Preview · Article · Mar 2013 · Asian Pacific journal of cancer prevention: APJCP
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    • "methylation and thus to alter the expression of tumor suppressor genes (Choi and Mason, 2000; Kim, 2004; Blount et al., 2007). Previous epidemiologic studies have shown that folate deficiency could increase the risk of human cancers (Yang, 2000; Mayne et al., 2001; Chen et al., 2002). However, the role of dietary folate in esophageal cancers is still controversial and the studies in Chinese population were scarce till now. "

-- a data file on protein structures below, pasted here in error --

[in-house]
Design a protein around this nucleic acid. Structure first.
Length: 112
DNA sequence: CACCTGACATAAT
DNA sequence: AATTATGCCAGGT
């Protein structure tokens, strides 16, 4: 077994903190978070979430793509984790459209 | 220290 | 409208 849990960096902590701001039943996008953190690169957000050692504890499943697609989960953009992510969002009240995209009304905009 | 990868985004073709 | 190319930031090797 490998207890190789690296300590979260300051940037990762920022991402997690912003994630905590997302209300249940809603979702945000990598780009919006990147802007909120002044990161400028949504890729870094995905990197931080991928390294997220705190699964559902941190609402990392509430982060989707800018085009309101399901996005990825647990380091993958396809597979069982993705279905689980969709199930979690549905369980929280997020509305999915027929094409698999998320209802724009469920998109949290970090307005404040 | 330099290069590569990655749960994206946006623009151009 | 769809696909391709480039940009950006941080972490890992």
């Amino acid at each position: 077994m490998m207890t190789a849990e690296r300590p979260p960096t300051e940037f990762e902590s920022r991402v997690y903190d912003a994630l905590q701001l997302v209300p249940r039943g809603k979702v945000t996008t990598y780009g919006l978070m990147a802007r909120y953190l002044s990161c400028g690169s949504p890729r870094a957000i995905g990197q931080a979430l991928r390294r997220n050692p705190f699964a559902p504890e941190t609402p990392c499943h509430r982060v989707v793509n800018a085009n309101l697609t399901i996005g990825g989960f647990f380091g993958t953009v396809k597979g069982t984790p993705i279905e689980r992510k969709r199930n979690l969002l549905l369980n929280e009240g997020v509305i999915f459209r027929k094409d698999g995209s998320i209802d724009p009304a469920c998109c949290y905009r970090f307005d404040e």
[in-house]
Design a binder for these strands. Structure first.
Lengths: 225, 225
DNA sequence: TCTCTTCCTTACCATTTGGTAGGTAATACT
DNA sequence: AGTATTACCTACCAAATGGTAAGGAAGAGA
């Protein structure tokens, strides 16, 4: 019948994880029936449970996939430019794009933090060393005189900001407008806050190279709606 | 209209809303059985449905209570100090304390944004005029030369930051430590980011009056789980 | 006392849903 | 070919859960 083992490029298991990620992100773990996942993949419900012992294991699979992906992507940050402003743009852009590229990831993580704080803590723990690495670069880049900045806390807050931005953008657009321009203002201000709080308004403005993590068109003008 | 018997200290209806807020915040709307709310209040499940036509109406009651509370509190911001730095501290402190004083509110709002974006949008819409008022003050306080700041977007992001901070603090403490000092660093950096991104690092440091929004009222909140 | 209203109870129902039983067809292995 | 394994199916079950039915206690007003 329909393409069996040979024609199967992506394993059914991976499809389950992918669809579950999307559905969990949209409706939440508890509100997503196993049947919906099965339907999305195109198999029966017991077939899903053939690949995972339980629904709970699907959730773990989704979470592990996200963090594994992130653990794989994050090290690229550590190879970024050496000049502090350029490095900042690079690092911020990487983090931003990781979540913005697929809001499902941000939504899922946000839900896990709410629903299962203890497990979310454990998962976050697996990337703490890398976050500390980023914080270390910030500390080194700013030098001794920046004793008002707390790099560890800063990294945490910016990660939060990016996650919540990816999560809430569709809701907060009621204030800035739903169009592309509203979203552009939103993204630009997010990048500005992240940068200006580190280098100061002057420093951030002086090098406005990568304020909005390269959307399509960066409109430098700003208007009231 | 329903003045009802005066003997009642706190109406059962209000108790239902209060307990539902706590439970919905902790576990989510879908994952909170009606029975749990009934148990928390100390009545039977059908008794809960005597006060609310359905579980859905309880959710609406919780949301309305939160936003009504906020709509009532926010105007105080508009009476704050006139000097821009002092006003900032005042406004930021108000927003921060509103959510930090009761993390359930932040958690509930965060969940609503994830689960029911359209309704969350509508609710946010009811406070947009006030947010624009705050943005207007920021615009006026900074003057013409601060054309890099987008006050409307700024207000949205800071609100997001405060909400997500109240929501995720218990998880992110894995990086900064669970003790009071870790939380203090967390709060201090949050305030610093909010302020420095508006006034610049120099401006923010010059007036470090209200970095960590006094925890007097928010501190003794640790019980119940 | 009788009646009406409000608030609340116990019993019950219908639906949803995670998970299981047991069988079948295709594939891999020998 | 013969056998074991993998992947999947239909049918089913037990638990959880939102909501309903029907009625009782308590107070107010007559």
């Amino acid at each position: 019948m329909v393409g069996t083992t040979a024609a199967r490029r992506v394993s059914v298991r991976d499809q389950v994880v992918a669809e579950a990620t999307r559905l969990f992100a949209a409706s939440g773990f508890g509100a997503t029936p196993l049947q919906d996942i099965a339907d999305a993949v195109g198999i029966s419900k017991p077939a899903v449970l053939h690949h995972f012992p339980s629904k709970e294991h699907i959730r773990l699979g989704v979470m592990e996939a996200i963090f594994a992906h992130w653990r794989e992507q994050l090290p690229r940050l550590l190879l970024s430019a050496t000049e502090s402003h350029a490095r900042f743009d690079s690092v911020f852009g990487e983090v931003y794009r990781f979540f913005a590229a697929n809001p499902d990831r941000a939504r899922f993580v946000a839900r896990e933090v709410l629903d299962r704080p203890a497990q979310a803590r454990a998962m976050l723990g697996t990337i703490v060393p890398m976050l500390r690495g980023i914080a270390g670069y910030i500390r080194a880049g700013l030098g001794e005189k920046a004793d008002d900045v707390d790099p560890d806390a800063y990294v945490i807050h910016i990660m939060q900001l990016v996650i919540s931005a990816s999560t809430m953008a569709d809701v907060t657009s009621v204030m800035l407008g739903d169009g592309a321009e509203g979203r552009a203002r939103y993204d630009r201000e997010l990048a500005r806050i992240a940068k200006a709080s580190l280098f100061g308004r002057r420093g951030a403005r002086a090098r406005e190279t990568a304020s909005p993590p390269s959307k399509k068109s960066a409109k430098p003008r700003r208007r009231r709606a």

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    ABSTRACT: An epidemiological study was conducted based on an esophageal cancer patient's cohort to investigate the association of folate intake and MTHFR C677T polymorphism with the prognosis of esophageal cancer in a Chinese population. 167 patients aged 37-75 years who had histological confirmed diagnosis of esophageal squamous cell cancer were collected from Jan. 2006 to Jan. 2008. MTHFR genotypes at the C677T site were analyzed by PCR-based RFLP methods, and the folate intake was computed by multiplying the food intake (in grams) and the folate content (per gram) of food in our questionnaire. We found associations between the prognosis of esophageal cancer and smoking status, T and N stages. Individuals carrying the MTHFR 677CT and TT genotypes showed a shorter survival time than with the CC genotype, with adjusted HRs (95% CI) of 1.20 (0.56-2.15) and 2.29 (1.30-4.28), respectively. Similarly, those carrying MTHFR 677T allele had a 1.86-fold risk of death. A higher folate concentration showed a significant decreased risk of death, with an HR (95% CI) of 0.45 (0.18-0.87). Individuals with high folate intake and the MTHFR 677CC genotype showed a significant decreased risk of esophageal cancer (0.43, 0.25-0.89). Our findings supports the hypothesis that high folate intake and active MTHFR C677T polymorphism may exert protective roles in the prognosis of esophageal cancer in the Chinese population.